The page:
But if it takes weeks and weeks for a vet to get one doctor’s appointment, and even then, getting the right diagnosis within a cattle-call system that still requires a lot of overhaul, then it’s very difficult for vets to get the individualized care they need. Simply giving them a prescription and then hoping for the best opens up vets to the very real risks of drug abuse and addiction, which only adds to the problems our vets face when they return home after serving our country.
The list of medications that can be used to treat mental illness in vets is extremely long (see below). What are the odds that the doctor is going to get it just right the first time when the patient is finally able to get an appointment?
Drugs that vets can be prescribed to treat PTSD-related symptoms fall into the following five categories.
These can be selective serotonin reuptake inhibitors (SSRIs) or selective norepinephrine reuptake inhibitors and are meant to balance the chemicals in your brain called neurotransmitters that affect mood and emotions. They should help improve mood, allow for better sleep and concentration.
- Amitriptyline (sold under brand names Elavil, Endep, Levate, others)
- Amoxapine (Asendis, Defanyl, Demolox, others)
- Bupropion or bupropion hydrochloride (Wellbutrin)
- Citalopram (Celexa, Cipramil)
- Clomipramine (Anafranil, Clofranil)
- Desvenlafaxine (Pristiq)
- Desipramine (Norpramin, Pertofrane)
- Doxepin (Deptran, Sinequan)
- Duloxetine (Cymbalta)
- Escitalopram (Lexapro, Cipralex)
- Fluoxetine (Prozac, Sarafem, others)
- Flurazepam (Dalmane, Dalmadorm)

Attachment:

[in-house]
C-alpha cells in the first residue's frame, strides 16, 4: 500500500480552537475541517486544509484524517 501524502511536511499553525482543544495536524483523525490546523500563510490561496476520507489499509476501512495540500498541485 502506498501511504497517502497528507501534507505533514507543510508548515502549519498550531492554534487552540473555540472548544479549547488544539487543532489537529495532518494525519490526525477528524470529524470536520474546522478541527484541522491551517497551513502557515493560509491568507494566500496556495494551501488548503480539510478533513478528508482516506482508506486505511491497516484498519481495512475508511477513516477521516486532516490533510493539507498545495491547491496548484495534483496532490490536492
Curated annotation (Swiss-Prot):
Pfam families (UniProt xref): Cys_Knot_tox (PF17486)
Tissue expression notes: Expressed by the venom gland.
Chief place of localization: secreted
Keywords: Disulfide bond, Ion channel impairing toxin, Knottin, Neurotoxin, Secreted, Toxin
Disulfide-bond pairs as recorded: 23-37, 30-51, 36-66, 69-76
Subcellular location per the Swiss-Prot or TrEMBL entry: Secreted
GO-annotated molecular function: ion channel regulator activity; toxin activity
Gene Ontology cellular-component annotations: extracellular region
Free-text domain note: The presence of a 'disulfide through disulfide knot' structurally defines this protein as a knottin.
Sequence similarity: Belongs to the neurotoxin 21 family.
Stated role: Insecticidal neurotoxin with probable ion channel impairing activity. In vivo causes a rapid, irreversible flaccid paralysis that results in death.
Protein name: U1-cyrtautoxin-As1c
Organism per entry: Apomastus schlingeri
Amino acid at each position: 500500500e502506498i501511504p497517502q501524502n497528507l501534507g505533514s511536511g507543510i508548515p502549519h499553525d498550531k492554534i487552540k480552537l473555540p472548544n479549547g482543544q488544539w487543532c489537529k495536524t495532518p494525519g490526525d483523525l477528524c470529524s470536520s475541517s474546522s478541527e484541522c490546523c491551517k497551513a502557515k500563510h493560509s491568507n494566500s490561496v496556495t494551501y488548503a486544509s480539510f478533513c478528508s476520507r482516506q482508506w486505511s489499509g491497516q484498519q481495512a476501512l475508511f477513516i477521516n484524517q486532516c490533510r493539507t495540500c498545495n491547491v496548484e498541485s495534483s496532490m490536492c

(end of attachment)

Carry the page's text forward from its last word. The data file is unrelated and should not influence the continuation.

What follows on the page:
- Fluvoxamine (Faverin, Fevarin, others)
- Imipramine (Tofranil)
- Maprotiline (Deprilept, Ludiomil, Psymion)
- Mirtazapine (Avanza, Mirtaz, Zispin, others)
- Nortriptyline (Sensoval, Aventyl, Norpress, others)
- Paroxetine (Paxil, Pexeva)
- Phenelzine (Nardil, Nardelzine)
- Protriptyline (Vivactil)
- Sertraline (Zoloft, Lustral)
- Trazodone (Oleptro, Trialodine)
- Trimipramine (Surmontil, Rhotrimine, Stangyl)
- Vilazodone (Viibryd)
- Vortioxetine (Brintellix)
These work by increasing serotonin in the brain and decreasing dopamine levels,or by blocking the effects of norepinephrine, a stress hormone involved in the fight-or-flight response. thus relieving the symptoms of anxiety.
- Buspirone (Buspar)
- Chlordiazepoxide (Librium)
- Clonazepam (Klonopin)
- Diazepam (Valium)
- Estazolam (ProSom, Eurodin)
- Hydroxyzine (many names)
- Lorazepam (Ativan, Orfidal)
- Midazolam (Dormicum, Hypnovel, Versed)
- Oxazepam (Serax, many others)
- Temazepam (Restoril)
- Triazolam (Halcion, Trilam, others)
Usually used for bipolar disorder, these also work for anxiety, as they treat the hallucinations, aggression and flashbacks that may be a part of PTSD
- Asenapine (Saphris)
- Fluphenazine (Prolixin, Modecate)
- Haloperidol (Haldol, others)
- Iloperidone (Fanapt)
- Loxapine (Loxapac, Loxitane)
- Lurasidone (Latuda)
- Olanzapine, sometimes in combination with fluoxetine (Zyprexa, Zypadhera or Symbyax)
- Perphenazine (Trilafon)
- Pimozide (Orap)